KOPEL-ling Imagery: Camera Trapping in the KOPEL Alluvial Swamp Forest

At KOPEL, rainforest and riparian restoration sites are maintained and monitored with the hope of reforesting heavily degraded forest areas along the Kinabatangan River. One of several ways that KOPEL measures the success of these restoration sites is by setting up wildlife camera traps in efforts to see what wildlife could possibly be repopulating the restored forest.

Wildlife camera traps are a useful way to measure the success of a restored habitat, and are a cost efficient, non-invasive method of detecting and monitoring rare and elusive wildlife. By observing animals in these habitats undisturbed, camera traps offer insight into what kinds of animals are frequenting these sites, and how often. Long term monitoring can even reveal trends and patterns in the abundance of wildlife, thereby helping KOPEL strategize its restoration efforts and even possibly identify sensitive areas where rare animals may likely be found.

On our first day of camera trapping at KOPEL, we received an introductory demonstration from Jai, KOPEL’s Conservation Manager. Jai walked us through how to set the camera trap settings, as well as how to attach the camera trap housing to a tree using a protective cable and straps. Routinely, KOPEL sets their cameras to take a burst of three images as soon as movement is detected. The cameras are mostly waterproof and even work at night by capturing images through use of infrared technology.

Jai and Enam demonstrating how to attach a camera trap to a tree at the KOPEL Eco Camp


We used Bushnell brand camera traps at KOPEL


Placement of these traps is a true art form, as we learned that curious animals such macaques and other primates can set the camera trap off multiple times as they conduct a thorough investigation of the trap. Other animals such as pygmy elephants and human poachers can even damage and/or destroy camera trap housing if not placed discretely. Most importantly, we learned that in order to effectively capture clear and reliable images of animals, as well as get the most out of the battery life and memory card capacity of the camera, the site location at which to set up your camera trap is key.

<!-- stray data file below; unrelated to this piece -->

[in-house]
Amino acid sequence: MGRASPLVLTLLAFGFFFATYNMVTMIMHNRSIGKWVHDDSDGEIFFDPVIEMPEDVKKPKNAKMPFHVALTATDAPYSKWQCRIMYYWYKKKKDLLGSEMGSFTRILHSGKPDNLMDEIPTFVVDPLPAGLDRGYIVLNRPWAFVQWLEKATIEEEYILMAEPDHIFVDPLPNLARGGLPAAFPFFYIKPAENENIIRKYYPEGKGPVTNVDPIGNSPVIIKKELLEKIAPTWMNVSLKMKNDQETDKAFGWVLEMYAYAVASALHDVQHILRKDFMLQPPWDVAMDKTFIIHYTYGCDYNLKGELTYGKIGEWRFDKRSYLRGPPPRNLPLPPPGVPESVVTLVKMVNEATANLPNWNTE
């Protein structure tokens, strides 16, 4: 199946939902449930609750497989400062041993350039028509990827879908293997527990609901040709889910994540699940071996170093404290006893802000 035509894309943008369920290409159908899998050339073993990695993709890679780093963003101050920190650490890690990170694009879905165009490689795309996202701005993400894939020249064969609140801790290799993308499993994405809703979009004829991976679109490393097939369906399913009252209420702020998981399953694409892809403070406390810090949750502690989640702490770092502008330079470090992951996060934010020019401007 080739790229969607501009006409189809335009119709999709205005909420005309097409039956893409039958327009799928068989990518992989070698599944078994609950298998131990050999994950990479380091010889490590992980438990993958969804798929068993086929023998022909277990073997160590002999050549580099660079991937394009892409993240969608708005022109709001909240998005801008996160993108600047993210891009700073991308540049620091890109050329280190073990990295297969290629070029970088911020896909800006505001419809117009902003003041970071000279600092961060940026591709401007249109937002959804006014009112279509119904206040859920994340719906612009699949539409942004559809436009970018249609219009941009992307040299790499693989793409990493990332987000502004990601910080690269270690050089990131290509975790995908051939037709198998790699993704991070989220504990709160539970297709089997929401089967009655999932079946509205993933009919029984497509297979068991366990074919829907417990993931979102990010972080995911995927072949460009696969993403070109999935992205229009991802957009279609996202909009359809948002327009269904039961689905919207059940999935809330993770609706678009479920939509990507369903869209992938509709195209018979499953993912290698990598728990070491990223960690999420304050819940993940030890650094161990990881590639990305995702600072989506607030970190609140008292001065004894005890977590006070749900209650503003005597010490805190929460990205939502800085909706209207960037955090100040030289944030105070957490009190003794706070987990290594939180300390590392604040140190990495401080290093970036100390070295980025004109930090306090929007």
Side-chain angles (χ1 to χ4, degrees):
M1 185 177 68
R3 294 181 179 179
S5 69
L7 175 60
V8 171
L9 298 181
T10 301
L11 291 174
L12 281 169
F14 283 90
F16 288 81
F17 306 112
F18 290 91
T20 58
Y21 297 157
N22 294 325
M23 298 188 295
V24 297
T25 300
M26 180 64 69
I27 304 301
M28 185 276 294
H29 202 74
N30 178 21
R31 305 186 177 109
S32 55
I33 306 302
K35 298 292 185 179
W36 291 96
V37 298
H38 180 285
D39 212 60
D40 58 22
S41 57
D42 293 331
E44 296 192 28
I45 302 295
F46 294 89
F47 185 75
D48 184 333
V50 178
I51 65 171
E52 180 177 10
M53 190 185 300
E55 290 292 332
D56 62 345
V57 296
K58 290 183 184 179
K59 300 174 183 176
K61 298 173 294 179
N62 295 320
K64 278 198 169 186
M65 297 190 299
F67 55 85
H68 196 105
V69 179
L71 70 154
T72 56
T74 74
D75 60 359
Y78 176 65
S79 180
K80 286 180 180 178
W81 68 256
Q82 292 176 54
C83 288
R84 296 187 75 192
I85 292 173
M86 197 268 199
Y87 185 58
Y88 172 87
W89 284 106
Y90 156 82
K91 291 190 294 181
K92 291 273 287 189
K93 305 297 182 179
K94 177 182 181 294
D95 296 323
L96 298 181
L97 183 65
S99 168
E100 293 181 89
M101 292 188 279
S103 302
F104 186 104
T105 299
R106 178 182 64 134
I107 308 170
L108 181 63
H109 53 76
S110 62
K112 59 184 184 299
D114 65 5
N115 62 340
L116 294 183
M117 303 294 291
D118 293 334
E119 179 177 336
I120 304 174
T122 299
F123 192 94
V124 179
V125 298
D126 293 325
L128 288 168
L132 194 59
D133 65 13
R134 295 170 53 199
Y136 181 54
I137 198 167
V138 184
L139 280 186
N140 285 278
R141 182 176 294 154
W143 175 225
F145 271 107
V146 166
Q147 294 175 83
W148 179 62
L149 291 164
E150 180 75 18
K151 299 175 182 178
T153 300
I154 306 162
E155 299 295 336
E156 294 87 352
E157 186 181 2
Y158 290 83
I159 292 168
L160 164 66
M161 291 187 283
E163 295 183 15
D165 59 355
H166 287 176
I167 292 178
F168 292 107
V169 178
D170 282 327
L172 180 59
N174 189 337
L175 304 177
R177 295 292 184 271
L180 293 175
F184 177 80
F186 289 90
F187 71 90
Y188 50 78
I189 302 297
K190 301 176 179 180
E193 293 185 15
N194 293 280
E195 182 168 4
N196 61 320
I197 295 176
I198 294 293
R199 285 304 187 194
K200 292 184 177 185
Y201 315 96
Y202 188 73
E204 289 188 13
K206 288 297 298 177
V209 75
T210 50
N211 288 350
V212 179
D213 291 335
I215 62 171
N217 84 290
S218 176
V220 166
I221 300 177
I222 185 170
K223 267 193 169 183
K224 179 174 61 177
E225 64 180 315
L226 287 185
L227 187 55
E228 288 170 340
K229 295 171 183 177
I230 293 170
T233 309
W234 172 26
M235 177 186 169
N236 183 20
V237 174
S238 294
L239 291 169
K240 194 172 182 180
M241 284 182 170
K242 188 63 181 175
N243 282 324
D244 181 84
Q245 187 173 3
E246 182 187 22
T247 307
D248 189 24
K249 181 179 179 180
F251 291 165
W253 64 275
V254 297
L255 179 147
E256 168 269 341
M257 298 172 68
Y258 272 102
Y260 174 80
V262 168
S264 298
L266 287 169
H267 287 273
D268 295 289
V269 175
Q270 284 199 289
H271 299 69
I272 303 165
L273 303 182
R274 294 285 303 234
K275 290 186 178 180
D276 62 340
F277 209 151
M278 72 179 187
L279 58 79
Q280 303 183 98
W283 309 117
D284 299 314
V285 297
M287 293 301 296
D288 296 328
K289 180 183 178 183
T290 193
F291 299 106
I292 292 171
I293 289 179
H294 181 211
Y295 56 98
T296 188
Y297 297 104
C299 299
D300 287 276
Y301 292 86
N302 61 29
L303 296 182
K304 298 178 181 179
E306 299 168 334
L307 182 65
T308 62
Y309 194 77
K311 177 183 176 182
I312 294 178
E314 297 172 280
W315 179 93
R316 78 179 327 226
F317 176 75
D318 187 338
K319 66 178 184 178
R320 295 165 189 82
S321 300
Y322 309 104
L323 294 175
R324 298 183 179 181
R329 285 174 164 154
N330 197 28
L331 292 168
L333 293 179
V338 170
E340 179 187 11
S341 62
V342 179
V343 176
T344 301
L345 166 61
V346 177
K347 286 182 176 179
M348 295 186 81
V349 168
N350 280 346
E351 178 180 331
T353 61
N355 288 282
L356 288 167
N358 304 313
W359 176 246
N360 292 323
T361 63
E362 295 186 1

At KOPEL, suitable sites for camera trapping are selected by seeking out areas of jungle that have evidence of animal activity. Clues such as footprints, claw marks on trees, proximity to food source, and disturbance of soil from foraging or heavy foot traffic are just some of the few ways one can tell if an area is being used by animals. Luckily for us, our guide Faijan is the best in the camera trapping business at KOPEL, and after a short hike through the alluvial swamp forest he found an excellent camera trap location along an animal trail next to a wallowing hole. Faijan explained that he could tell that it was a heavily trafficked area by noticing the disturbance of soil along the banks of the flooded pool.

Olivia, Alexii and Faijan verifying the camera trap settings before go-live
Olivia and Alexii taking some test images to make sure the view is just right!


The trap has been set. Branches wedged between the camera housing and the tree help achieve an optimal angle for capturing wildlife along the forest floor.

Together we double checked the camera settings, strapped the housing to a tree and took a couple of test images before recording the camera’s GPS location and heading back to camp. Hopefully in the coming weeks our trap will be recovered and will provide crucial information about the types of animals frequenting that stretch of alluvial swamp forest, further contributing to KOPEL’s extensive catalog of camera trap data that can inform future restoration strategies and efforts to come.

Happy camera trappers!

-Alisa Keenan